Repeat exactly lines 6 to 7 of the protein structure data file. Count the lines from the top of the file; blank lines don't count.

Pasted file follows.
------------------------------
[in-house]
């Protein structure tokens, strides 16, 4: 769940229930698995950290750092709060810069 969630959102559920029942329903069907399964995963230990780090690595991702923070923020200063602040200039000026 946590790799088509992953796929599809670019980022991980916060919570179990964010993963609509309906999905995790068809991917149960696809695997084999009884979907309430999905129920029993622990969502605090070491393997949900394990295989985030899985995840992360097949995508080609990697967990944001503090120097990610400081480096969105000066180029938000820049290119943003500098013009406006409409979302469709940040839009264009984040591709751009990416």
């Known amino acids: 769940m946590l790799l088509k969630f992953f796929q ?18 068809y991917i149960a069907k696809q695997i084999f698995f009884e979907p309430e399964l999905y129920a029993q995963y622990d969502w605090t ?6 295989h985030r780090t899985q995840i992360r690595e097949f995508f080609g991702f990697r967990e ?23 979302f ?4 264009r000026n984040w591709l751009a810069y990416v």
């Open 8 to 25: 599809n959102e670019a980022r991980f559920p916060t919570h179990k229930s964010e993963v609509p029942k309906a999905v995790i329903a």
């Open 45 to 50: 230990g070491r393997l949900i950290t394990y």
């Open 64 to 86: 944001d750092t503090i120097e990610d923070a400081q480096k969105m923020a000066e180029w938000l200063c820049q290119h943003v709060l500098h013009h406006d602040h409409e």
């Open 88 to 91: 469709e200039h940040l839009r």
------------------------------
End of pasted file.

């Open 64 to 86: 944001d750092t503090i120097e990610d923070a400081q480096k969105m923020a000066e180029w938000l200063c820049q290119h943003v709060l500098h013009h406006d602040h409409e």
């Open 88 to 91: 469709e200039h940040l839009r």